This section is from the book "A Treatise On Therapeutics, And Pharmacology Or Materia Medica Vol1", by George B. Wood. Also available from Amazon: Part 1 and Part 2.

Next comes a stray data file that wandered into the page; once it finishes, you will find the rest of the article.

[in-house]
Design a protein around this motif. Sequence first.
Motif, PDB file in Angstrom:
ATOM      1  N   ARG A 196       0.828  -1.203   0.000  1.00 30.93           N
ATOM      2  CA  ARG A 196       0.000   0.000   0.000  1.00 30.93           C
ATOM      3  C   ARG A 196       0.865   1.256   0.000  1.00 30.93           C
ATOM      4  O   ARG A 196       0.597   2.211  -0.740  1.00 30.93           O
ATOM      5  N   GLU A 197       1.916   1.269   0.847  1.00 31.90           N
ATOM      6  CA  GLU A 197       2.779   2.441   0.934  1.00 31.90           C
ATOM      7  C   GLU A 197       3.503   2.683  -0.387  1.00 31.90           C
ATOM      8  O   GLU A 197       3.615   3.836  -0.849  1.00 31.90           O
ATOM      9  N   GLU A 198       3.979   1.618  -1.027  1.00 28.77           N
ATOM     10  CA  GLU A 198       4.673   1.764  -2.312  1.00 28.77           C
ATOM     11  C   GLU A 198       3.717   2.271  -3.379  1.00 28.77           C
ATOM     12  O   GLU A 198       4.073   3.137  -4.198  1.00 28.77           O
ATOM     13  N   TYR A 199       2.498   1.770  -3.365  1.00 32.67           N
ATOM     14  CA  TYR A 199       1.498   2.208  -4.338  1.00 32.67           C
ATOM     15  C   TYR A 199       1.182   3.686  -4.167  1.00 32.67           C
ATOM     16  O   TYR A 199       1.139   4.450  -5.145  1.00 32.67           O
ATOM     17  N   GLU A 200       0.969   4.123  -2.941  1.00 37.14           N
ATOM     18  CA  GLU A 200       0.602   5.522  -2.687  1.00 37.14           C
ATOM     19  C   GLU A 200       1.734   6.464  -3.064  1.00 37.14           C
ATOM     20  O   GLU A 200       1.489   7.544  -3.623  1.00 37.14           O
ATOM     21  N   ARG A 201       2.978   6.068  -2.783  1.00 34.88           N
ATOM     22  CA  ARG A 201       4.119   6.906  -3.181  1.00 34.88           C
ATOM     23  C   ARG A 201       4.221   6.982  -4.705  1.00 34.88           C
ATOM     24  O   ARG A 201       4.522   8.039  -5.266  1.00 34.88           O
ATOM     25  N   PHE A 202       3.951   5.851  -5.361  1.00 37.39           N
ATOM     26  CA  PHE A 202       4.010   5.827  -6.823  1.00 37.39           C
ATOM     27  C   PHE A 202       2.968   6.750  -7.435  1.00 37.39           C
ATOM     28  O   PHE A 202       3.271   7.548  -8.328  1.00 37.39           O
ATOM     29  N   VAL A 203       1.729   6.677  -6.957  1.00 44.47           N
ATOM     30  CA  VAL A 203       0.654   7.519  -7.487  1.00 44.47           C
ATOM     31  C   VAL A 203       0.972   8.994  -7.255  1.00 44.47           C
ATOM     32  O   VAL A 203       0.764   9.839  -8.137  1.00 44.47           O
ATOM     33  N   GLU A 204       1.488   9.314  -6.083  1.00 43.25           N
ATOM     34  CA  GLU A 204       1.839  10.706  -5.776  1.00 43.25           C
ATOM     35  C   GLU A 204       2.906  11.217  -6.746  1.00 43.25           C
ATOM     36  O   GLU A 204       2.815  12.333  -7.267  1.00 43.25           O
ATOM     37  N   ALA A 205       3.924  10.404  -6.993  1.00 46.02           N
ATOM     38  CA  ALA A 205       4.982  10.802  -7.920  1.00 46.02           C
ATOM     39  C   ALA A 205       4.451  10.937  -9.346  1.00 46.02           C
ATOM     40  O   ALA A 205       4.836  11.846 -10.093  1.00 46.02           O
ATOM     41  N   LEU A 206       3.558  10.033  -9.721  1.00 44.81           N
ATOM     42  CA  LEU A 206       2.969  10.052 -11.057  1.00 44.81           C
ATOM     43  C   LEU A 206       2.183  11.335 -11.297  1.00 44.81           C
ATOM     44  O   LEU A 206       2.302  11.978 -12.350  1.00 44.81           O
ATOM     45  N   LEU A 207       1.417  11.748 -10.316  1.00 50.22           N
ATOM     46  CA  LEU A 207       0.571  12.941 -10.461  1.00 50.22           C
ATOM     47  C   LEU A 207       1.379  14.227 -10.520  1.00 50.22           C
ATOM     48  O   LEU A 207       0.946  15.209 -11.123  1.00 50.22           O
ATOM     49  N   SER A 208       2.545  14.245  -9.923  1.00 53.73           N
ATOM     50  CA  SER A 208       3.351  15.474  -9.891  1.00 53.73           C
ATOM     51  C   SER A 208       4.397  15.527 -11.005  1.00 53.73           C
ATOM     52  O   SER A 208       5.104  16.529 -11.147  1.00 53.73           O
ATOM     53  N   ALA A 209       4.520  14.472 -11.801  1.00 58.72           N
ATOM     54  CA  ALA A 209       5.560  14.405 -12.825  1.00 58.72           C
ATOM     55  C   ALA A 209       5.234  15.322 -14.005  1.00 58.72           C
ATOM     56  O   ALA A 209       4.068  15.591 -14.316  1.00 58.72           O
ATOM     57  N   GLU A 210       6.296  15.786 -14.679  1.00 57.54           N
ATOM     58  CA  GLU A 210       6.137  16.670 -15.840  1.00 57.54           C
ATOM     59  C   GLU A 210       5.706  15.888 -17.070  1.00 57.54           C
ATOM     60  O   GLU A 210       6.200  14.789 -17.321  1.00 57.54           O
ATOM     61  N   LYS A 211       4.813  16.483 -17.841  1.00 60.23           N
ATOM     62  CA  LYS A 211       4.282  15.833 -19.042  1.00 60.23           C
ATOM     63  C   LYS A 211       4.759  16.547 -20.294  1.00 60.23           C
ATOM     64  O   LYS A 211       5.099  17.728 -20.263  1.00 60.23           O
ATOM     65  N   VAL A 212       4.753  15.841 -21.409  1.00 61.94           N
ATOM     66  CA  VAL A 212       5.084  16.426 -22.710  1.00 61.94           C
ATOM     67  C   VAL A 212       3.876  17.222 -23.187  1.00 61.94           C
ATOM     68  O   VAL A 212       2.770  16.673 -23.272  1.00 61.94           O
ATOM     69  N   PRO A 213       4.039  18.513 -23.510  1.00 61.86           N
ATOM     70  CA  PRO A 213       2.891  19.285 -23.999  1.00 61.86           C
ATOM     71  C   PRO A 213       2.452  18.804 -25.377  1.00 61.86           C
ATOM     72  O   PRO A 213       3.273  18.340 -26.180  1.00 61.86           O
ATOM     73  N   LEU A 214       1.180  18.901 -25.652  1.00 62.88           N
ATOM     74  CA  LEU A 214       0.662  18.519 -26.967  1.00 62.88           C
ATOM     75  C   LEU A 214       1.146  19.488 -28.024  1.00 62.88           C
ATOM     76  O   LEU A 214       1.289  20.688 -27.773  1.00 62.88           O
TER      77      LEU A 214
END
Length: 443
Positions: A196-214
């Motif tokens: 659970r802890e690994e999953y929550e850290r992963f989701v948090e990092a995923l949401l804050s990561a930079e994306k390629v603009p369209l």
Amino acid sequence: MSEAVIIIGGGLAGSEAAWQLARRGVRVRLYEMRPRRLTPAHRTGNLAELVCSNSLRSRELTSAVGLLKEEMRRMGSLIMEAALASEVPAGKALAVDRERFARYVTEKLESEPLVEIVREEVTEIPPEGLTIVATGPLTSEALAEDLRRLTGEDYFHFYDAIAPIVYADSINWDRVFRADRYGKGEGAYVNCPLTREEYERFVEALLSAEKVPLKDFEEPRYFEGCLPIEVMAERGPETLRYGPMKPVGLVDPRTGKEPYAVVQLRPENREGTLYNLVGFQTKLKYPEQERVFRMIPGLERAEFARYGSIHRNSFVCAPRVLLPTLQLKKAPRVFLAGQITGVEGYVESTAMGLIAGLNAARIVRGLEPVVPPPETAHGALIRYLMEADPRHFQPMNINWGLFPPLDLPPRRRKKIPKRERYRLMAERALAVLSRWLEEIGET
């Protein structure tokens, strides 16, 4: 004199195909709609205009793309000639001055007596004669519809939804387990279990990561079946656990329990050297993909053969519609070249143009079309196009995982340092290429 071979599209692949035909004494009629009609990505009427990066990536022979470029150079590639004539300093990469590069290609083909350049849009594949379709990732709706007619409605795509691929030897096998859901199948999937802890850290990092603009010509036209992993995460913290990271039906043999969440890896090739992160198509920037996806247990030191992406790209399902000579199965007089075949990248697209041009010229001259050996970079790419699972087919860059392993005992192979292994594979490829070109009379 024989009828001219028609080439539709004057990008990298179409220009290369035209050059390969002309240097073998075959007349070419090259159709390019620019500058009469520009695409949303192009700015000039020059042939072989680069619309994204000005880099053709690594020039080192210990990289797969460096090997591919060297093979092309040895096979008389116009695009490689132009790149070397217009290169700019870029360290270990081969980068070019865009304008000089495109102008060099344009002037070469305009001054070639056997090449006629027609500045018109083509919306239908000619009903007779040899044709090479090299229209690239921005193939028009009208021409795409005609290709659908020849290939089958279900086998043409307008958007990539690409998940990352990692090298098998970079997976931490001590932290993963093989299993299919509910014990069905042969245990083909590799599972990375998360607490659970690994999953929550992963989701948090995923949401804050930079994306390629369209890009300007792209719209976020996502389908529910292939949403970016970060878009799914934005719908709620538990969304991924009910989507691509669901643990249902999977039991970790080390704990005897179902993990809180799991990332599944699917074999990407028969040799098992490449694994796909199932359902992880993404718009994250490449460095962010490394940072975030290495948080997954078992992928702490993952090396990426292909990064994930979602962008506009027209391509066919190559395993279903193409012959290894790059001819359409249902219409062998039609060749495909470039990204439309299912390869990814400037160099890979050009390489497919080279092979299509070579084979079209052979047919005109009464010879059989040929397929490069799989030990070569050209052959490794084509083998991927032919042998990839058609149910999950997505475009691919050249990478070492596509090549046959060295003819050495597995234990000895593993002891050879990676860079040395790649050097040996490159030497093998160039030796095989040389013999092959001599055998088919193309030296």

By the term alcohol, as before stated, the U. S. Pharmacopoeia recognizes a spirit of the sp. gr 0.835, prepared by distilling brandy or other form of ardent spirit. The corresponding British "rectified spirit" has the sp. gr. 0.838. Officinal alcohol is never used internally; but externally it may be employed as an evaporating lotion, applied on a single thickness of linen, so as to admit of free evaporation. By its chemical influence in the abstraction of water, it is thought to produce the shrinking of blood-vessels; and, when brought into contact with the blood, causes its coagulation. Hence it has been recommended for the suppression of hemorrhage by direct application to the bleeding vessels. But its chief value is as a chemical and pharmaceutical agent. From its solvent and preservative properties, it answers an excellent purpose for preparing tinctures of substances wholly insoluble in water. (See first part of this work, page 61).